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Members include Andy Connell, keyboards; Corinne Drewery, vocals; Martin Jackson (left group, c. 1989), guitar. Addresses: Record company--Mercury Records, 136-144 New Kings Rd., London SW6 4FX, England. Website--Swing Out Sister Official Website: http://www.swingoutsister.com.

Swing Out Sister was a successful cosmopolitan British import to the United States, Europe, and (especially) Japan in the late 1980s. The group became an instant success with the hit singles "Breakout" and "Twilight World," and their debut album, It's Better to Travel, which fared well on both the American and British charts. They charted again in 1992 with a remake of the song "Am I the Same Girl," but the single was their last hit on either side of the Atlantic. With their jazz- and soul-influenced pop sound, the trio--which eventually became a duo--continued to produce albums despite their lack of mainstream popularity. During the 1990s and into the new millennium, the group still enjoyed a cult following.

Keyboardist Andy Connell and drummer Martin Jackson formed Swing Out Sister in 1985 in their hometown of Manchester, England. Both were established musicians, Connell having played with the electronic-pop band A Certain Ratio, and Jackson having been a founding member of the post-punk art-rock group Magazine. The two had just collaborated on a highly successful album called UK Electro. Though they produced and performed most of the music on the record, they concocted a list of fake names to pad the credits. As they formed Swing Out Sister, Martin told Britain's the Face magazine, they decided to accept whatever popular success might come their way. "We're good at what we do," he said. "Why shouldn't a lot of people get to hear us?"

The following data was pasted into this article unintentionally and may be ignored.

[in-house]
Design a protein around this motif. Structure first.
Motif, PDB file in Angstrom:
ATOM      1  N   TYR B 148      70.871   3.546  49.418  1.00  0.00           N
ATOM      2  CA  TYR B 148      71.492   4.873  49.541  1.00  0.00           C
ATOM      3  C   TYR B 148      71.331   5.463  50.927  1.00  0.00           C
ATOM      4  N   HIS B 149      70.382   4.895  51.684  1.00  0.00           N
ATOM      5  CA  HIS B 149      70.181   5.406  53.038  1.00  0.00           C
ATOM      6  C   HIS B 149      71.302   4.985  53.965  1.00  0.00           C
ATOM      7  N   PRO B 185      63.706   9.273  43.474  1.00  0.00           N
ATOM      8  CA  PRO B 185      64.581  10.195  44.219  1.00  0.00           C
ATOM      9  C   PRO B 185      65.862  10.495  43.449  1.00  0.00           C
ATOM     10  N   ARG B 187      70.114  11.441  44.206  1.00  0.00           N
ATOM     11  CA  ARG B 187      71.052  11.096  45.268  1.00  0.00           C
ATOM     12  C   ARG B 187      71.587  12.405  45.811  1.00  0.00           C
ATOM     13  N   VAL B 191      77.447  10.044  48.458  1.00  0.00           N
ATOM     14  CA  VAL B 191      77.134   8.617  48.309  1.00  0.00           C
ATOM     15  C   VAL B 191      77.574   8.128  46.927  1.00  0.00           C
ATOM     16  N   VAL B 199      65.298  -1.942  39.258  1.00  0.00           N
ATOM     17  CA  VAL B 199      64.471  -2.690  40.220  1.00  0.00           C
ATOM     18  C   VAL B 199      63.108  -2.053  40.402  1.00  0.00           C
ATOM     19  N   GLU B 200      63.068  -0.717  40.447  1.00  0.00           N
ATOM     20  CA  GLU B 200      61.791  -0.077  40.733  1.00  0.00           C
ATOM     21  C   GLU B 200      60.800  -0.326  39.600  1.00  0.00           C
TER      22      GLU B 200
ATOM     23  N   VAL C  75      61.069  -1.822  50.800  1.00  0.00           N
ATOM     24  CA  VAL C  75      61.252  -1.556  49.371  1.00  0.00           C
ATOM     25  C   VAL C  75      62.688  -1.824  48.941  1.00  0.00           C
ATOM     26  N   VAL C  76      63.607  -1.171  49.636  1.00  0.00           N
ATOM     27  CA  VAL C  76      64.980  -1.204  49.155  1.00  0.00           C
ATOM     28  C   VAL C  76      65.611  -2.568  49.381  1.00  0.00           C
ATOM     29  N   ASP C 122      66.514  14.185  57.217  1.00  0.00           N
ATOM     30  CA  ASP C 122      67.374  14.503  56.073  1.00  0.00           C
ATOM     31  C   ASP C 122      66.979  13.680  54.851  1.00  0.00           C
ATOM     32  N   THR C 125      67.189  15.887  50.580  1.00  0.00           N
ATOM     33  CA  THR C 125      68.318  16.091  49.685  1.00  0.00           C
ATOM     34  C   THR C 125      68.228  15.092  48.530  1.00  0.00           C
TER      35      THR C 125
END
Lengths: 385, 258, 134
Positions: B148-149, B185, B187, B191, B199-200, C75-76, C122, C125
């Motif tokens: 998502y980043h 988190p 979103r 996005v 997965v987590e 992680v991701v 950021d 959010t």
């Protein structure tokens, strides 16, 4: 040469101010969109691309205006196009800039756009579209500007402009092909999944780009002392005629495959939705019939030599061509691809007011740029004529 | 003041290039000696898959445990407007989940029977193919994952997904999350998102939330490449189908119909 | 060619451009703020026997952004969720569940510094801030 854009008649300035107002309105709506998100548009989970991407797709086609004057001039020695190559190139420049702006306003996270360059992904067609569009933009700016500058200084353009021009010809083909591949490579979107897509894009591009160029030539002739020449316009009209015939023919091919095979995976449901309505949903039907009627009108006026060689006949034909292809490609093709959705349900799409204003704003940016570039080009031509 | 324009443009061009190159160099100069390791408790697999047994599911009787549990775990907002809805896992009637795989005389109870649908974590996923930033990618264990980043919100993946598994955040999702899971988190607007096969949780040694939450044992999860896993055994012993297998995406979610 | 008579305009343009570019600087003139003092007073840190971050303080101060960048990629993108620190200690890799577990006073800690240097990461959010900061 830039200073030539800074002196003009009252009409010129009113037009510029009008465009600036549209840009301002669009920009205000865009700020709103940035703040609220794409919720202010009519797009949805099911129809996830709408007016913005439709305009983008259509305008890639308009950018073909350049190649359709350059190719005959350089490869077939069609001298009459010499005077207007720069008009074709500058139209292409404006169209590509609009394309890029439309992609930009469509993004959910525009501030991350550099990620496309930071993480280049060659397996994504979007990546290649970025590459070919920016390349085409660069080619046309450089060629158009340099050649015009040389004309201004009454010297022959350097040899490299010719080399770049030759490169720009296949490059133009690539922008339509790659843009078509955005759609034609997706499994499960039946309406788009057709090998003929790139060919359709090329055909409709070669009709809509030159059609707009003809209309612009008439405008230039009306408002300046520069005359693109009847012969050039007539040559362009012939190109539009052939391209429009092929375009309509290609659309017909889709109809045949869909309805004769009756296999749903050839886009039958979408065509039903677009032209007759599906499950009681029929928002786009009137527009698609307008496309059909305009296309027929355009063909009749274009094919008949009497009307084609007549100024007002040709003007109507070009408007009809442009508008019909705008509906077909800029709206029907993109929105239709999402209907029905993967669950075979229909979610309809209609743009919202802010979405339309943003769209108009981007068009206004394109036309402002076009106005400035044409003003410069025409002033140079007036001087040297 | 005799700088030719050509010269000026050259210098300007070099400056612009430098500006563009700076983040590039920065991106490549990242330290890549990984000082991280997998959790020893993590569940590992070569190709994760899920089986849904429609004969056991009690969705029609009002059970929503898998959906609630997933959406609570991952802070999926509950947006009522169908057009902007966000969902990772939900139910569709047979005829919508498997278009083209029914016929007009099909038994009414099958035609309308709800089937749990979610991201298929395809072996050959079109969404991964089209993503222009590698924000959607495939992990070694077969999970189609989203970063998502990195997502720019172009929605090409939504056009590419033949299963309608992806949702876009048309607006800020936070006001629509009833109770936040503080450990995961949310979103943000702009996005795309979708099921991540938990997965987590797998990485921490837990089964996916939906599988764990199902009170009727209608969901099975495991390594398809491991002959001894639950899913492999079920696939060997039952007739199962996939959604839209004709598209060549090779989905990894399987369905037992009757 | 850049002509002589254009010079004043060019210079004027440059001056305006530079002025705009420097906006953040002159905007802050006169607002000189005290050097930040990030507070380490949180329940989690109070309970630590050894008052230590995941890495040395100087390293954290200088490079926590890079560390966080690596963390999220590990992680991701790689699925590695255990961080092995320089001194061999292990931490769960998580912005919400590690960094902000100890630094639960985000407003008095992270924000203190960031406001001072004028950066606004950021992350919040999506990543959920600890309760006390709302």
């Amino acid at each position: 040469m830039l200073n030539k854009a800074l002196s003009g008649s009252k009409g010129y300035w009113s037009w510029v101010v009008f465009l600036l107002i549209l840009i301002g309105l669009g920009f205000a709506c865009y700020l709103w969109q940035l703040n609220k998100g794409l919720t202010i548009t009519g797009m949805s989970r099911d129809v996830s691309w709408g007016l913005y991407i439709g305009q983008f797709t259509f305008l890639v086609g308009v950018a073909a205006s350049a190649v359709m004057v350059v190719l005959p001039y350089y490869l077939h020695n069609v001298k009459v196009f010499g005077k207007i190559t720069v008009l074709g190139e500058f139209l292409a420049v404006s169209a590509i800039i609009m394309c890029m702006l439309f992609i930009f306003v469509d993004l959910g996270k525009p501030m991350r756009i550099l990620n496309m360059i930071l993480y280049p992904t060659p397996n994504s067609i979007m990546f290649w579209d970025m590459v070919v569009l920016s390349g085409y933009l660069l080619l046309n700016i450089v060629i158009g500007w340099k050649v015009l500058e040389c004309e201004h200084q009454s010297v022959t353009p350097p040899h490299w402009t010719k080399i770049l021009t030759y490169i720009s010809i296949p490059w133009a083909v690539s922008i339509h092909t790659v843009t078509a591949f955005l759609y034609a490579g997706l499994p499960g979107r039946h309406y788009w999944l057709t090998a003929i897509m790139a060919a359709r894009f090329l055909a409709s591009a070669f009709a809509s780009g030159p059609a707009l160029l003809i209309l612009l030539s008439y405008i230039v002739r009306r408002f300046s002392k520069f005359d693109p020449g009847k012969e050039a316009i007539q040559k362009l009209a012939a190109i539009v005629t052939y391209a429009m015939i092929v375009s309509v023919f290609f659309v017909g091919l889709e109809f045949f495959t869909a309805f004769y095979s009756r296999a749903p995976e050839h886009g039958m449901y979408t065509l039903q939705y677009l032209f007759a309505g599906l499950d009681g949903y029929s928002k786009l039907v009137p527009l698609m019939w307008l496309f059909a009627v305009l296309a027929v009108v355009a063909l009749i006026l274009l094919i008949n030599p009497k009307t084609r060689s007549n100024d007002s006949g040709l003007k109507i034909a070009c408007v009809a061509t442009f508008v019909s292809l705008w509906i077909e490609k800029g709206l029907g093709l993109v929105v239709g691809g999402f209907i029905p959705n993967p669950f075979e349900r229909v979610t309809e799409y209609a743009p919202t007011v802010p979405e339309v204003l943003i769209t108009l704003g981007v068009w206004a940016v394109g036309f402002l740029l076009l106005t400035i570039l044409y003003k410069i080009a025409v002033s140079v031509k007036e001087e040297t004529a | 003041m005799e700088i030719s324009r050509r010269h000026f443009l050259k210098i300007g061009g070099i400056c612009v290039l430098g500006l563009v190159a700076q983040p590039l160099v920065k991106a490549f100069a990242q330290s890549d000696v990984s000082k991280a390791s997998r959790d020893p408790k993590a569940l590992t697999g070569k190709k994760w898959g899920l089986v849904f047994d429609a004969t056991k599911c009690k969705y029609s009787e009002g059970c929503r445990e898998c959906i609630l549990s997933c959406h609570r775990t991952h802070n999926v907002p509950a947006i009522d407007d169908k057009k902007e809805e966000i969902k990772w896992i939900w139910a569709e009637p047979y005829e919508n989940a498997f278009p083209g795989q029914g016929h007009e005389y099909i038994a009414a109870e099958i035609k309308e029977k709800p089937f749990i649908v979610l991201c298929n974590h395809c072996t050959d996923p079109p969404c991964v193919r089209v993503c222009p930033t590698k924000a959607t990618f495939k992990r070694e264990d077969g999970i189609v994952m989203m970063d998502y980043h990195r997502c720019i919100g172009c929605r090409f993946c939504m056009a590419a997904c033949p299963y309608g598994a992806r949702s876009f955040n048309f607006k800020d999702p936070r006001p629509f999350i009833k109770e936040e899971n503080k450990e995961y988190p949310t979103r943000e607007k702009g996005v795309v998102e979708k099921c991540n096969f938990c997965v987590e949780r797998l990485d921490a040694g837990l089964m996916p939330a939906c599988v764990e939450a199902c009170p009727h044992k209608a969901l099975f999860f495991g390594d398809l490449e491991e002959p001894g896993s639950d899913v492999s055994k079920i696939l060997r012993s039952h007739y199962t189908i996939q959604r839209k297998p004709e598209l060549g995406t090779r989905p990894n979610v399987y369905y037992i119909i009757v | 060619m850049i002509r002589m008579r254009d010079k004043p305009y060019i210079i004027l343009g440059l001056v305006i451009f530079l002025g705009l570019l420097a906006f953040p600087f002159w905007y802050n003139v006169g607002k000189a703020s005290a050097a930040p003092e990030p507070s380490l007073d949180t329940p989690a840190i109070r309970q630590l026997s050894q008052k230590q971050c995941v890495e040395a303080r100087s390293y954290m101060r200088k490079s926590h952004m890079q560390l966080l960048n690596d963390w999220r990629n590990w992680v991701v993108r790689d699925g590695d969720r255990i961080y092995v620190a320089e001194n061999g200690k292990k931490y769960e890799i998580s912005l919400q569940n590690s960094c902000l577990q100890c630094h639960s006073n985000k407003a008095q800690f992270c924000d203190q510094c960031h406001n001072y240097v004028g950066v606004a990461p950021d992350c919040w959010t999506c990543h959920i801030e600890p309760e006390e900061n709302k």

Corinne Drewery was student of fashion and textiles at St. Martin's College of Art in London when she joined the group in late 1985. She grew up in a rural village near Nottingham, England, where her mother, a sometime painter and writer, ran a dog-grooming shop. In addition to American soul, Drewery counts popular Welsh vocalist Shirley Bassey--who sang the theme songs for the James Bond films Goldfinger, Diamonds Are Forever, and Moonraker--among her influences. Before joining Swing Out Sister, her only singing experience was a trial stint with the jazz-dance group Working Week that ended when she was replaced with a permanent singer.

Taking their name from a 1950s B-movie, Swing Out Sister began to work its way up the pop charts. Although their music reflected a strong jazz influence, the group described its sound as "electro pop/jazz with Northern Soul influences," according to the Face. (Northern Soul refers to the sound that evolved out of dance clubs in Northern Britain that played obscure American soul singles during the 1960s and 1970s.) In an online interview with the Metro Café website, Drewery said their influences also included the great soundtrack composers and songwriters of that era, including John Barry, Ennio Morricone, Burt Bacharach, and Jimmy Webb. "From the time we started making records, we always wanted to write a soundtrack," Drewery continued. "We've spent 15 years trying to write the perfect soundtrack to our lives."

Swing Out Sister recorded its first single, "Blue Mood," just after Drewery joined the group. At the time, Connell told the Face that they were skeptical of the record industry. The last thing they wanted was a hit single, he said, and the demise that they were certain would follow it. The group wanted to "build an honest following," he said. "Blue Mood" wasn't a hit, but it paved the way for their second single, "Breakout," which was. "Breakout" made it into the top ten on the British and Japanese pop charts in 1986. The group finally released its debut album, It's Better to Travel, in 1987 in Britain and the United States. "Breakout" became a success in the States as it had in the United Kingdom, and the single "Twilight World" was popular in the United States as well. The group was nominated for a Best New Artist Grammy Award in 1988.